Editor's Note: "Creed" is an ongoing article series that discusses the core beliefs of Christianity as expressed in the Apostle's and Nicene creeds. Links to the other installments are listed at the end of this article.

In our study of the Apostle's and Nicene Creed, we have moved from God the Father to God the Son. The Apostle's Creed is pretty much "cut and dry" on the subject. …and in Jesus Christ His only Son, our Lord.

But the Nicene Creed is a bit more detailed. Almost poetic.

And in one Lord Jesus Christ, the only-begotten Son of God, begotten of the Father before all worlds, God of God, Light of Light, Very God of Very God, begotten, not made, being of one substance with the Father by whom all things were made…

Begotten, Not Made

The writers of the Nicene Creed seem intent on stressing that Jesus was "begotten." It's a word we—those of us who grew up on the King James Version, no matter what version we now use—have known since we memorized our first Bible verse. Specifically, John 3:16.

We recited the word "begotten" whether we knew what it meant or not.

According to the Merriam-Webster Online Dictionary[1], begotten is an inflective form of the word "beget." To beget is "to procreate as the father." Of course we know what this means in the physical. Fathers beget sons and daughters. Mothers give birth to.

The biblical story of the natural birth of Jesus is a familiar, if not controversial, one. Somewhere around 6 BC, a young (probably around 13 or 14) Jewess named Mary was visited by the angel Gabriel and told that the long-awaited Messiah would come from her womb.

"How will this be," Mary asked the angel, "since I am a virgin?" The angel answered, "The Holy Spirit will come upon you, and the power of the Most High will overshadow you. So the holy one to be born will be called the Son of God. Even Elizabeth your relative is going to have a child in her old age, and she who was said to be barren is in her sixth month. For nothing is impossible with God." ~~Luke 1:34-37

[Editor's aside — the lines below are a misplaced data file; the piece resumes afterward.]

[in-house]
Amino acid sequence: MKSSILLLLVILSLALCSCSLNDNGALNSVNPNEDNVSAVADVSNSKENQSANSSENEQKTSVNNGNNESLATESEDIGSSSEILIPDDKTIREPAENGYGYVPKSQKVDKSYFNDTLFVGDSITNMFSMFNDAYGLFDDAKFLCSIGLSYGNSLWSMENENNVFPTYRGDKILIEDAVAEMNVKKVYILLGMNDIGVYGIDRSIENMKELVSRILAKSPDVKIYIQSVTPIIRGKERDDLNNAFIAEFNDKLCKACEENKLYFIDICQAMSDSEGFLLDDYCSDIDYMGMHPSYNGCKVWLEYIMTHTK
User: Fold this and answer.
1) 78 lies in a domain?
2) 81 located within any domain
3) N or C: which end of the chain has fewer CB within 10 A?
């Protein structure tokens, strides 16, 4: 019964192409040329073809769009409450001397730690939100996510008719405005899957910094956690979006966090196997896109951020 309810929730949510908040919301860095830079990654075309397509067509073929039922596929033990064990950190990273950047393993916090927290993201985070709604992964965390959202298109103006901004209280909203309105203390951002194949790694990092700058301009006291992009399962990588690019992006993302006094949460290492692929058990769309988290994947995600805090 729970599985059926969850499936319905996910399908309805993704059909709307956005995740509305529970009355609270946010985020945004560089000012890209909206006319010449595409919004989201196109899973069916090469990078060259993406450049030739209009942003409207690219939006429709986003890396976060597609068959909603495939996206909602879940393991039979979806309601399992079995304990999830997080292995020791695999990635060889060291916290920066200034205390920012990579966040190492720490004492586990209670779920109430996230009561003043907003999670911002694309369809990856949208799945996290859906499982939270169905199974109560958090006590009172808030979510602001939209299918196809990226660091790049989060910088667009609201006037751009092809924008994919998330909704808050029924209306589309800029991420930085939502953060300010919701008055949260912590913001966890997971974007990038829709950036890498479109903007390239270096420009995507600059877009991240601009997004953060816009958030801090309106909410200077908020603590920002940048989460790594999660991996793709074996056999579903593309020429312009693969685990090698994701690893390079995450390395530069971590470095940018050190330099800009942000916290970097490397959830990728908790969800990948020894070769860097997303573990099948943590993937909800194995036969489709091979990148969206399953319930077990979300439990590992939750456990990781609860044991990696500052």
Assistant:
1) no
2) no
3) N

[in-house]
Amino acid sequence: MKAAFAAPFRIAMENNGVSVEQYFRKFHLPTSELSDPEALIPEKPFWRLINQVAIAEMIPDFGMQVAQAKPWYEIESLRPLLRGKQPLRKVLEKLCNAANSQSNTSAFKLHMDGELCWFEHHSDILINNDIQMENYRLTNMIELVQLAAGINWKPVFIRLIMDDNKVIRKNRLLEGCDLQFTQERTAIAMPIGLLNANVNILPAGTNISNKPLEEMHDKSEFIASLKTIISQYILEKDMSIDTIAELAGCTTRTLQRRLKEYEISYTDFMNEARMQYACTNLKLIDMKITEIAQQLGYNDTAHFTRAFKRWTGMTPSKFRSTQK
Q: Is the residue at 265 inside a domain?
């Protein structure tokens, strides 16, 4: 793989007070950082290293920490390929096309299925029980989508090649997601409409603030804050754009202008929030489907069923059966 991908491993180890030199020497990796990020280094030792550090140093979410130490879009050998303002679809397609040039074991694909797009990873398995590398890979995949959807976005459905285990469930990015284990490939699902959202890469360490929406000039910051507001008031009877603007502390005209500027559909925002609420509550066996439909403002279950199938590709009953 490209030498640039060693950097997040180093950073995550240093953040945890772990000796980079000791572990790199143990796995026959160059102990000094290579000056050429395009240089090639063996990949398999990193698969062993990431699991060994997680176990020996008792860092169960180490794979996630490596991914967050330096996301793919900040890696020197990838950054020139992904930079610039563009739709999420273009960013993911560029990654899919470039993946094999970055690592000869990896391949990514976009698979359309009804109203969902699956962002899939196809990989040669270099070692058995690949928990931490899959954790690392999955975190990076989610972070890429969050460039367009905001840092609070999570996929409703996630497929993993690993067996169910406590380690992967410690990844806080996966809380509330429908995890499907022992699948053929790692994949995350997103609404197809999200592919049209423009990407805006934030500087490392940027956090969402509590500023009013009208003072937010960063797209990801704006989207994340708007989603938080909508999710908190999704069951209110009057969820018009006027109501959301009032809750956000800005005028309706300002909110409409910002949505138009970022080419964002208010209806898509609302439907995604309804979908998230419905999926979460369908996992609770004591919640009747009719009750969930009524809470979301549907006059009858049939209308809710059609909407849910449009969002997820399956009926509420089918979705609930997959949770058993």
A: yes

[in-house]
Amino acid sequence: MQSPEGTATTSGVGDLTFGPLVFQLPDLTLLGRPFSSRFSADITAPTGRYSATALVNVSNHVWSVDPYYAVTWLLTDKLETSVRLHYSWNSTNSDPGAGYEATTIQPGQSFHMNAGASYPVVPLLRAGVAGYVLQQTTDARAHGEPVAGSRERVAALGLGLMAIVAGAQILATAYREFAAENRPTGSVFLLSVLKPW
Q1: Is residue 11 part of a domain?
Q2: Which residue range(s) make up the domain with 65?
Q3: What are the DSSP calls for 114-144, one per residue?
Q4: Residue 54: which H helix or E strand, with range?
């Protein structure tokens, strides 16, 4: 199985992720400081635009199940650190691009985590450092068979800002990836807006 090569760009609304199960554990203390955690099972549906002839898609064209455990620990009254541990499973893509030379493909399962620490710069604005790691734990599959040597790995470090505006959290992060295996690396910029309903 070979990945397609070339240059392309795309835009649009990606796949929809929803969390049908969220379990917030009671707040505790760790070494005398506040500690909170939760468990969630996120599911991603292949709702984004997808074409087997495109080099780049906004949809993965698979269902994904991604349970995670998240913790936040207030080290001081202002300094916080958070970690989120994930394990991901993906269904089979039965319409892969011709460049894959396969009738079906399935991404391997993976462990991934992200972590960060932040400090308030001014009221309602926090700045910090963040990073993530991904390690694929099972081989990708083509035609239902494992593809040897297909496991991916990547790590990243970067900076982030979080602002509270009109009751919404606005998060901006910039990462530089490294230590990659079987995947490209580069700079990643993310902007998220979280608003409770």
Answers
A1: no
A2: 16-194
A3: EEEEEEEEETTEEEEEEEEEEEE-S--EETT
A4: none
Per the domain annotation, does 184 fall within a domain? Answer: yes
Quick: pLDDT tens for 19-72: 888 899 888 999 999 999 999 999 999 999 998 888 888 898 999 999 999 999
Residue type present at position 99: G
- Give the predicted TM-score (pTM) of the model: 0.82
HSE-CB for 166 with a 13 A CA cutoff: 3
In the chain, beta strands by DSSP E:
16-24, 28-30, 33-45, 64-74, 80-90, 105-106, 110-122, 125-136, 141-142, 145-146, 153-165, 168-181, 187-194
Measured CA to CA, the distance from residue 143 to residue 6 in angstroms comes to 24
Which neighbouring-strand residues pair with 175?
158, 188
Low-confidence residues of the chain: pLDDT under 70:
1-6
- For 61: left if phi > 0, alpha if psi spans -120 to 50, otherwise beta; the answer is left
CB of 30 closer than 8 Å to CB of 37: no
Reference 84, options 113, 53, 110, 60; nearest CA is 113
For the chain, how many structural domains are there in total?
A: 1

This Should Be Of No Surprise To Anyone

While the sudden appearance of an angel should and would certainly be a shock to anyone, Mary must have realized the significance of Gabriel's words. The Jewish people as a whole had been looking for…waiting for…the Anointed One. In their Scriptures (which we refer to as the Old Testament), there are over 700 prophecies that He will come. One of them reads:

Therefore the Lord himself will give you a sign: The virgin will be with child and will give birth to a son, and will call him Immanuel.[2]~~ Isaiah 7:14

It has been argued that the Hebrew word for virgin, `almah, in actuality means "young woman." This is not so. An `almah was a virgin of marriageable age, who would logically in the culture of the ancient Hebrews, be young.